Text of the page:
Daily Management Review

Global Memory Chip Price Spikes Over Japan-South Korea Export Spat


07/18/2019




Global Memory Chip Price Spikes Over Japan-South Korea Export Spat
Analysts issued grim indications of "never seen before" hike in prices of memory chips with the prices rising for the first time this year. This is driven by the fears of a supply disruption in the industry because of a trade related dispute between Japan and South Korea.
 
There has been a 15 per cent increase within a week in the prices of DRAM chip even though the sector is believed to be grappling with over supply and weak demand for over a year now. This spike in prices came days after Japan decided put curbs on export to South Korea three materials that are crucial in manufacturing of chip and display screens used in smartphones. South Korea is the home market for of the two largest memory chip making companies Samsung and SK Hynix Inc.
 
Despite the trade spat between Japan and South Korea over critical materials for chip making, many of the major consumers of those chips such the iPhone maker Apple have not yet started stockpiling. However according to reports quoting industry sources, the sudden rise in prices has been fueled by concerns that the global supply china for the chip can get disrupted because of the Japan imposing the export curbs.
 
"If the ban continues, memory prices will skyrocket like never seen before as 75% of DRAM and 45% of NAND global output is at risk," Mark Newman from Bernstein said, while talking about the dominance of South Korean companies of the world supply chain for those memory chips.
 
A report published by Reuters quoted an official at a South Korean chipmaker saying that the customers were "following the situations closely" but "taking a wait-and-see approach as demand still remains weak".
\
No comments from Samsung and SK Hynix were available.
 
"We will need contingency plans if the impact materialises," said a spokeswoman at Vaio, a Sony Corp spinoff to the media. "Options include seeking alternative chip suppliers outside South Korea," she said but added that there was no impact yet on the business of the Japanese computer maker.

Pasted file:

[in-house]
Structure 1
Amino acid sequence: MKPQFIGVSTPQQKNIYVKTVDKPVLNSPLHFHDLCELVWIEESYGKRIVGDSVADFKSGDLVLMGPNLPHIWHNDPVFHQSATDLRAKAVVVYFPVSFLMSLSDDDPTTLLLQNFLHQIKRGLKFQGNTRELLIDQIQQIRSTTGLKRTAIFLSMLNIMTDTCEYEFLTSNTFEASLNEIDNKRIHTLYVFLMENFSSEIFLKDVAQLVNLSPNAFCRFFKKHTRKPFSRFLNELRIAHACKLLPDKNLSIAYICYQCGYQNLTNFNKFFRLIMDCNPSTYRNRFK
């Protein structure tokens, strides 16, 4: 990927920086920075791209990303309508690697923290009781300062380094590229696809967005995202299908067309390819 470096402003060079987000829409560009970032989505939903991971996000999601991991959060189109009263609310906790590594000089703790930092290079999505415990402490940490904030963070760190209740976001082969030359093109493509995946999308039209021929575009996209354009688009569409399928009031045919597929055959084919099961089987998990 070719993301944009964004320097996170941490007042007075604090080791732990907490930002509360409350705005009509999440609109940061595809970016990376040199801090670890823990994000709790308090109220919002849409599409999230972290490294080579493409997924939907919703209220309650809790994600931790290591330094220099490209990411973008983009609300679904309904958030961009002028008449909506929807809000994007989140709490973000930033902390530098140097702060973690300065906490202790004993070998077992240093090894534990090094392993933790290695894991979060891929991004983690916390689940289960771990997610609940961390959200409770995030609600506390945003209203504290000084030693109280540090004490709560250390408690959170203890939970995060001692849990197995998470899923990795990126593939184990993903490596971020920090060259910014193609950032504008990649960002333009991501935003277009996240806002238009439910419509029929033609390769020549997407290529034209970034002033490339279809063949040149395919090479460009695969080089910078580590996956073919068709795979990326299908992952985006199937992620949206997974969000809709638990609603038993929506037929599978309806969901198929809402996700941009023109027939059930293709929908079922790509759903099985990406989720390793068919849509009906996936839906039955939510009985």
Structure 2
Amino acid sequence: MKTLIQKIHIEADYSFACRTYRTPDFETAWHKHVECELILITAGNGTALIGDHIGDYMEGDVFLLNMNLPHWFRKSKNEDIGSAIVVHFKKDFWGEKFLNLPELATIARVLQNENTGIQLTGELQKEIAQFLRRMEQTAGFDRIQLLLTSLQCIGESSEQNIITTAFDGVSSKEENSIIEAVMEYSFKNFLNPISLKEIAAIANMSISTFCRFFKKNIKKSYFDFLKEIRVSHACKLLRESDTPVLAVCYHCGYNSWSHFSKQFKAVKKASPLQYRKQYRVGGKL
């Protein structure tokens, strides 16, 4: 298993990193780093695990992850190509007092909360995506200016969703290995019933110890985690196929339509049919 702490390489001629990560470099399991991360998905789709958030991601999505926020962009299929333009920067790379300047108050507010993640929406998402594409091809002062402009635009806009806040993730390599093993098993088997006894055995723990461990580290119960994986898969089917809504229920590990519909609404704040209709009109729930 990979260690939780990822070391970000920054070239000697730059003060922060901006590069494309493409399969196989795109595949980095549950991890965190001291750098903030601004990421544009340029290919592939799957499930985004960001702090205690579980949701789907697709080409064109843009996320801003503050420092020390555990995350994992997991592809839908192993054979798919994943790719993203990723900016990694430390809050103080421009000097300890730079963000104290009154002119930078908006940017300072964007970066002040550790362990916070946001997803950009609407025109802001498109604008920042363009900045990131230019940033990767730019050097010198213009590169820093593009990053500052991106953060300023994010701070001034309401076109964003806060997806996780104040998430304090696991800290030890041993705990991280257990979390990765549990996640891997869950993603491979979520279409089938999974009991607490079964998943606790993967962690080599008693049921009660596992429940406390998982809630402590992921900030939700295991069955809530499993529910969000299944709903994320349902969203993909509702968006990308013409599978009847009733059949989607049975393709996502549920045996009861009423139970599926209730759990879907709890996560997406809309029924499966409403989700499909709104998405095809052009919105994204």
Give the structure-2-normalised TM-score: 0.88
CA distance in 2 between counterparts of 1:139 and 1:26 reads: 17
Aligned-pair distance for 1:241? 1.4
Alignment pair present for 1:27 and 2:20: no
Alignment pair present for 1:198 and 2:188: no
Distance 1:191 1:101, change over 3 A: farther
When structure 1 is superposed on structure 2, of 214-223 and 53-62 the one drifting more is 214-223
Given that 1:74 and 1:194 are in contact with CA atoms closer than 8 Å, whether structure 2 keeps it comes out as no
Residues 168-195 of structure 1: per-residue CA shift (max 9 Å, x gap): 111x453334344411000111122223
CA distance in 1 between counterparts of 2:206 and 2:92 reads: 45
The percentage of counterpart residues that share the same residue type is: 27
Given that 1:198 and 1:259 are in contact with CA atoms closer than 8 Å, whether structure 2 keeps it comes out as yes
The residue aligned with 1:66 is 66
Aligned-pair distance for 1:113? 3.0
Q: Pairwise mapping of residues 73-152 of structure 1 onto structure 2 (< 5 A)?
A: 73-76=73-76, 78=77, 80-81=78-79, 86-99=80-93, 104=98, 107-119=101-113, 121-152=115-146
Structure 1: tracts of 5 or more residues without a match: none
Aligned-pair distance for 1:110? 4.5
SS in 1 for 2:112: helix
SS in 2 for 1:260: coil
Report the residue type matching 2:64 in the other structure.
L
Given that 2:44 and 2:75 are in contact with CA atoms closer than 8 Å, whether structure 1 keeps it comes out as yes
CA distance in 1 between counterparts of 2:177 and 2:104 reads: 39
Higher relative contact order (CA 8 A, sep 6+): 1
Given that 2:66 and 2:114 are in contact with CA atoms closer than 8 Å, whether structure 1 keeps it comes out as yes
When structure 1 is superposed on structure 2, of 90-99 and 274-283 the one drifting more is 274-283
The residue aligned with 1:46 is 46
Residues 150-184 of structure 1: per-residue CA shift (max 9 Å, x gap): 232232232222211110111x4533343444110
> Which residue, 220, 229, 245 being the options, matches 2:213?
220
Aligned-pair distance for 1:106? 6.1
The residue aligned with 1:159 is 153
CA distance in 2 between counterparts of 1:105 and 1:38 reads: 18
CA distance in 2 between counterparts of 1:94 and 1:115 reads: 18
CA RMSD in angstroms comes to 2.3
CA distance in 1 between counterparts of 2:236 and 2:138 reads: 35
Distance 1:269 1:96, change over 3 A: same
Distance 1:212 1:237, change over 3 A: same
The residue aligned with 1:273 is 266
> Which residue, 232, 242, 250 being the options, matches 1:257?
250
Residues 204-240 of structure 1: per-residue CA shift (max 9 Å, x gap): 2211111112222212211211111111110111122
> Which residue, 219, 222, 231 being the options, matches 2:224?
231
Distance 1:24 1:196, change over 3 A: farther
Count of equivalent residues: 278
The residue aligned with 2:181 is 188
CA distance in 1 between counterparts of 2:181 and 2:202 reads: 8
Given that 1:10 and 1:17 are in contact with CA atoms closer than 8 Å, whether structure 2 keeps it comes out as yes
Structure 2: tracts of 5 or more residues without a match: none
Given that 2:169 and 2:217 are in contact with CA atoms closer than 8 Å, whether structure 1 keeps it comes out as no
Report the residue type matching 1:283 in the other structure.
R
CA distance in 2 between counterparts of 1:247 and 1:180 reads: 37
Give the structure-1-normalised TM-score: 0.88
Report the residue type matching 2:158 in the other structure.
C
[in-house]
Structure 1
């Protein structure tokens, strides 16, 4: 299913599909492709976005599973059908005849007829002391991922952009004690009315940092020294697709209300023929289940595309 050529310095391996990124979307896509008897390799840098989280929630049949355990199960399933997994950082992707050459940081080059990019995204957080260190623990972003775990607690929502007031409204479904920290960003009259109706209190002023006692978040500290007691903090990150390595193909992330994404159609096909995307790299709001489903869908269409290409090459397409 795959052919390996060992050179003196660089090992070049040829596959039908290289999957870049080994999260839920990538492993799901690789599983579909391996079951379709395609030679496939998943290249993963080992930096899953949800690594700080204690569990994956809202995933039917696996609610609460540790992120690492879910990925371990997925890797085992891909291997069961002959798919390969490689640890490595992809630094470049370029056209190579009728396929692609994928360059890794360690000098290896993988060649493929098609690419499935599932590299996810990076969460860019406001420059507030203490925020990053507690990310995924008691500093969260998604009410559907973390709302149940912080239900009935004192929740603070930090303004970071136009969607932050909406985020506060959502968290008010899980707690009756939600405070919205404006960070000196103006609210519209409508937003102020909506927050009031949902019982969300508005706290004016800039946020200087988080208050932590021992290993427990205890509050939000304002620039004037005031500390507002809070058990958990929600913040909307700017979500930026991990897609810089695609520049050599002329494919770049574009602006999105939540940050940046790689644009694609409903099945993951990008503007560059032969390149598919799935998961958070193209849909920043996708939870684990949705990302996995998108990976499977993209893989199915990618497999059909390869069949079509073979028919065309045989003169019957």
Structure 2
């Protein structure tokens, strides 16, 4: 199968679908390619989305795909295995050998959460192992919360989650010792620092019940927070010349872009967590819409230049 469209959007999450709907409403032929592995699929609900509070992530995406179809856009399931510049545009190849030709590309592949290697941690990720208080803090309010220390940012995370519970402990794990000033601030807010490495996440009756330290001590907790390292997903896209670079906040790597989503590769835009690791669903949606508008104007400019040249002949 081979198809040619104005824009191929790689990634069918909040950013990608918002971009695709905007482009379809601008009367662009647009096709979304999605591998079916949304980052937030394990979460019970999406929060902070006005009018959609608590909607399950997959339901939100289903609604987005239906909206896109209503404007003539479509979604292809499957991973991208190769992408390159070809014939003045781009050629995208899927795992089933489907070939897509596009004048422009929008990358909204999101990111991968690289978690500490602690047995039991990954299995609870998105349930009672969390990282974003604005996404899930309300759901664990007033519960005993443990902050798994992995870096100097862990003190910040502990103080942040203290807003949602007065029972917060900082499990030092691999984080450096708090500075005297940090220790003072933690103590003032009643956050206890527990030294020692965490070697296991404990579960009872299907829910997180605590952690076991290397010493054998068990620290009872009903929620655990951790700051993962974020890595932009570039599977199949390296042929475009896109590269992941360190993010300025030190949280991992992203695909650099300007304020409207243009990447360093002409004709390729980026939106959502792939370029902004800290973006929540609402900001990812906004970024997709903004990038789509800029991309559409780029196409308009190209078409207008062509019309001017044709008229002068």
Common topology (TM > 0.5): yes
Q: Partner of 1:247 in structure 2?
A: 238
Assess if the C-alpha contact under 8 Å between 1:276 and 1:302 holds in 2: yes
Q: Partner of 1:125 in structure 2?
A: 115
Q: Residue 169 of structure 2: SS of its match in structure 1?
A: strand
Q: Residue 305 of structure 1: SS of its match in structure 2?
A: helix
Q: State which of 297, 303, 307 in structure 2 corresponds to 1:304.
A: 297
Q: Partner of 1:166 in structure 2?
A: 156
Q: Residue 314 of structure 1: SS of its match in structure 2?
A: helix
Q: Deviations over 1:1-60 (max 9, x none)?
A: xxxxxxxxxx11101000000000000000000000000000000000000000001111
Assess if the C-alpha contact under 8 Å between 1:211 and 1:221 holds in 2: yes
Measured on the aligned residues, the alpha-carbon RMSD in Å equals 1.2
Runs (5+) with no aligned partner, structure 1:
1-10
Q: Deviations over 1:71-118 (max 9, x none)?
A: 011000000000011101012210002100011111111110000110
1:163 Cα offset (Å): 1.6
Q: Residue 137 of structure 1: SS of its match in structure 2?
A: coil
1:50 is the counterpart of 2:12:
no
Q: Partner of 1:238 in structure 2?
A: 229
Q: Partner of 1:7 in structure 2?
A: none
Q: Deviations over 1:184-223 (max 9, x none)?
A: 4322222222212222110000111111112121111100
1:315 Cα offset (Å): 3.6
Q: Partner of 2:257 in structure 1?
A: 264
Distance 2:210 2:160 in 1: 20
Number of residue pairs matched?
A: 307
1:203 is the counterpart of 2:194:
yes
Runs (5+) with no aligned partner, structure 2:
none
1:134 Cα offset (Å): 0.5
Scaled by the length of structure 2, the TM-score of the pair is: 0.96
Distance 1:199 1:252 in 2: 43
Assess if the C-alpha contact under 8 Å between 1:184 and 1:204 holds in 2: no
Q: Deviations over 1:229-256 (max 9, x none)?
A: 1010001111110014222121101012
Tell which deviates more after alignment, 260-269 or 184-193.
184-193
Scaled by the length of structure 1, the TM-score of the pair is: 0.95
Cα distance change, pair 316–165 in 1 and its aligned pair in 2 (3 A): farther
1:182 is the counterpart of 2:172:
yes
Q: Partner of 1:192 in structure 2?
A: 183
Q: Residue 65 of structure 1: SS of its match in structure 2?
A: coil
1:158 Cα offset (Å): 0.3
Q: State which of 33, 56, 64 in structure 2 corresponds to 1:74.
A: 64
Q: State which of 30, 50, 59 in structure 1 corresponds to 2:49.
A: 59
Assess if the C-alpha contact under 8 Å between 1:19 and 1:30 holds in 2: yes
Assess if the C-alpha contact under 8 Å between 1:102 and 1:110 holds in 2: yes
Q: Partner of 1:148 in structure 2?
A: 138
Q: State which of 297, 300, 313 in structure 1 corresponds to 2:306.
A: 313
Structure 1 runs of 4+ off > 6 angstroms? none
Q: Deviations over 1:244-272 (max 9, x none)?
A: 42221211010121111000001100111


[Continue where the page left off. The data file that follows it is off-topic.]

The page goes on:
Japan's export curb is the "biggest uncertainty" for the fourth quarter, warned Taiwan Semiconductor Manufacturing Co Ltd , the top contract chipmaker of the world.
 
Japan has imposed restrictions on supply to South Korea of three materials very essential for chip manufacturing. Fluorinated polyimides is used in manufacturing of display screens of smartphones, photoresists is critical in the imprinting of transfer circuit patterns on to semiconductor wafers and hydrogen fluoride is used as an etching gas during the chip making process.
 
In the first five months of the current year, imports from Japan accounted for 94% of fluorinated polyimides, 92% of photoresists and about 44% of hydrogen fluoride into South Korea, according to data from Korean industry.
 
"We ... do see some (chip) module manufacturers raising their quotes or announcing halts to production in light of the material restrictions ...," research firm TrendForce was quoted in the media as saying.
 
A power shortage Japan's Toshiba Memory factory last month has hit its production of the NAND flash chip which has affected its supply in the global market.
 
(Source:www.nasdaq.com)






Science & Technology

Live Facial Recognition Cameras Will Be Used By London Police

Driverless Vehicle For Its Ride-Sharing Service Unveiled By GM’s Cruise

Amazon will allow customers to pay with palms instead of cards

Complete Computer System For Self Driving Cars Launched By Qualcomm

In A Lifetime We Could Accumulate 20Kg Micro-Plastic In Our Body

Creator Of The First 'Gene-Edited' Babies Of The World Gets 3 Year Jail Term In China

China to deploy giant Beidou global navigation system in 2020

VW Zwickau factory is getting ready for electric cars production

Airbus: Passenger hybrid aircraft to take off before 2035

Ocado To Introduce ‘Mini Robotic Warehouse’ With Standard Productivity

World Politics

World & Politics

Heavy rain kills 47 people in southeast Brazil

French tour operators will stop sending tourists to China until February 21

US Will Not Give Visas To Pregnant Women To Prevent Organized 'Birth Tourism'

Heads of the European Council and European Commission sign Brexit agreement

UK adds Greenpeace, PETA to extremist organizations list

Indonesia, UAE sign nearly $23B deal

US to respond to Iran’s attacks on US bases in Iraq

Irish Passport issues hit record in anticipation of Brexit